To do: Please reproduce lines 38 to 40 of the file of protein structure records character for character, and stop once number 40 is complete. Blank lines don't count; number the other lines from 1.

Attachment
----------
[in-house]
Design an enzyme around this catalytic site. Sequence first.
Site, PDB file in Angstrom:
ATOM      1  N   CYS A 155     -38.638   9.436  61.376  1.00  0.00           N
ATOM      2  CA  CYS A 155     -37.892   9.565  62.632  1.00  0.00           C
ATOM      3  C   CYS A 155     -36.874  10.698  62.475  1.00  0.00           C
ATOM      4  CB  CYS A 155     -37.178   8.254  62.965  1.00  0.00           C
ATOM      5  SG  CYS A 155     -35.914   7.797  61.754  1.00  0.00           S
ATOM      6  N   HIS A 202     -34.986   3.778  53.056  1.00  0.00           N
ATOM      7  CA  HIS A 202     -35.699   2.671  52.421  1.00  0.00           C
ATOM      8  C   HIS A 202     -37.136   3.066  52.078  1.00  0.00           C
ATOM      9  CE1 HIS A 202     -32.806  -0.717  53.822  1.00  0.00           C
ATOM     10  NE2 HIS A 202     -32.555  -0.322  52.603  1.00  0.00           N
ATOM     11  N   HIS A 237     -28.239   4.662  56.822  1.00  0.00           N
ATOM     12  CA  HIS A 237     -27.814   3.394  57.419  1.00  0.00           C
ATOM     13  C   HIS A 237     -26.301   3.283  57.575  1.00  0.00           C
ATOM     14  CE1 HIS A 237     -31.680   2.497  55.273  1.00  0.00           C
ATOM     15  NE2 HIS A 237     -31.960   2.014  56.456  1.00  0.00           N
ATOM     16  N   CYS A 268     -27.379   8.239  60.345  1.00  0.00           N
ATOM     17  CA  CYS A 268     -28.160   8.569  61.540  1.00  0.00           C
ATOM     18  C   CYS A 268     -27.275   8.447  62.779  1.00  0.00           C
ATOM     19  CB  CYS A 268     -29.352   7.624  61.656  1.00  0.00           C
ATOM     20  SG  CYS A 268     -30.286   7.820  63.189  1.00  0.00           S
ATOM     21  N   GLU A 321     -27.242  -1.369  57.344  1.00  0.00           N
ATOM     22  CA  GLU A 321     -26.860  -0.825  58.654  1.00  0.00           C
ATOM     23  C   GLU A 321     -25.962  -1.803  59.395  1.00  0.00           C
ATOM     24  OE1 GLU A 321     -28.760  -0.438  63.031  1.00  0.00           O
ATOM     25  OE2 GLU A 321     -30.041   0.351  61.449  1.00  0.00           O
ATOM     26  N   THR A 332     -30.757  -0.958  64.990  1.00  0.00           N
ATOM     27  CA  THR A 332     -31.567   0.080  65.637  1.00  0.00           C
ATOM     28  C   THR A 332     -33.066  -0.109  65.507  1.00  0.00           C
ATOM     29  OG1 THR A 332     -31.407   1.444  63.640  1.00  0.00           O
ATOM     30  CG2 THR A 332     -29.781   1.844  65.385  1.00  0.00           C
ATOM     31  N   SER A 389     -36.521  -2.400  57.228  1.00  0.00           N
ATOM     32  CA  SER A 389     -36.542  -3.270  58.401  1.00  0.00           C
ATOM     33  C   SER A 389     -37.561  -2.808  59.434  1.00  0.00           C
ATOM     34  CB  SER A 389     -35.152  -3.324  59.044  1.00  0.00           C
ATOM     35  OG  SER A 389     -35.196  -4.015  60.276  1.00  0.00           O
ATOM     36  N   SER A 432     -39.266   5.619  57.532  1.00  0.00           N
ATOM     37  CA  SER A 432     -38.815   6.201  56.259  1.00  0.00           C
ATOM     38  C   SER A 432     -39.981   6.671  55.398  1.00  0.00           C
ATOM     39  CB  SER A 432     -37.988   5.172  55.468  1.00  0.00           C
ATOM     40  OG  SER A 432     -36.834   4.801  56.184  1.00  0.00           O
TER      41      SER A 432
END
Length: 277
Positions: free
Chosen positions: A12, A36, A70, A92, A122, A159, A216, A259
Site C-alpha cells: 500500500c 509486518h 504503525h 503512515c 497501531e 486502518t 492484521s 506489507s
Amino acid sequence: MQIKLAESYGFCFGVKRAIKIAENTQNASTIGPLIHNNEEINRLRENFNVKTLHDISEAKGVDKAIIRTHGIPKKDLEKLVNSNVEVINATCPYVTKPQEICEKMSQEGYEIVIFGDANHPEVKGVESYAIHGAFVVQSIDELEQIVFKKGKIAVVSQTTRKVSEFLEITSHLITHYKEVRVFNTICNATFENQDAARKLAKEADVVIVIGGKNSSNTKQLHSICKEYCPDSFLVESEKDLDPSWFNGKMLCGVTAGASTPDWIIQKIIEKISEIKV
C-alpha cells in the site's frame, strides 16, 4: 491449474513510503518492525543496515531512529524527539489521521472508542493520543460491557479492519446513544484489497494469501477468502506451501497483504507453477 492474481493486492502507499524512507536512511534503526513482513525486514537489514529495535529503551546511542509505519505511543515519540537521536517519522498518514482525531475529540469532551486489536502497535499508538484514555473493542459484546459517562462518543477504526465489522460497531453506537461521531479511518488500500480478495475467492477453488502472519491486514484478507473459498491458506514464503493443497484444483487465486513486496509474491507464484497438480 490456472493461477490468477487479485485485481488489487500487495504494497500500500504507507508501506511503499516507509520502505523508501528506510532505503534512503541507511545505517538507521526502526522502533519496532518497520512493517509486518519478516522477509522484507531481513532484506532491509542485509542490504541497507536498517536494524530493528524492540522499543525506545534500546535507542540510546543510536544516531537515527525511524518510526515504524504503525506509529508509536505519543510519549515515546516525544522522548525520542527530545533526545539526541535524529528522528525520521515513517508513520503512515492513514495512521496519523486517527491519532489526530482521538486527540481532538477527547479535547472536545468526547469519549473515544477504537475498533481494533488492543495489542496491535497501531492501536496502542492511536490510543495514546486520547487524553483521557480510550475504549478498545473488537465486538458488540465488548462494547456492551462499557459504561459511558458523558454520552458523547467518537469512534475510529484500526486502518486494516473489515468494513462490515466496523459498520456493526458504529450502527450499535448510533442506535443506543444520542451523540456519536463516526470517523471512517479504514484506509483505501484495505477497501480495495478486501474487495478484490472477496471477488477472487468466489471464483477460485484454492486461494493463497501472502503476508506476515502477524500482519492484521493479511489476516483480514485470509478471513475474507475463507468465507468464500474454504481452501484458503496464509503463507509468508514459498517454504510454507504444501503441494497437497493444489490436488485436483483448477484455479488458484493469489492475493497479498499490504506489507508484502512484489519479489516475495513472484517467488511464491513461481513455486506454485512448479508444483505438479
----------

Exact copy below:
ATOM     35  OG  SER A 389     -35.196  -4.015  60.276  1.00  0.00           O
ATOM     36  N   SER A 432     -39.266   5.619  57.532  1.00  0.00           N
ATOM     37  CA  SER A 432     -38.815   6.201  56.259  1.00  0.00           C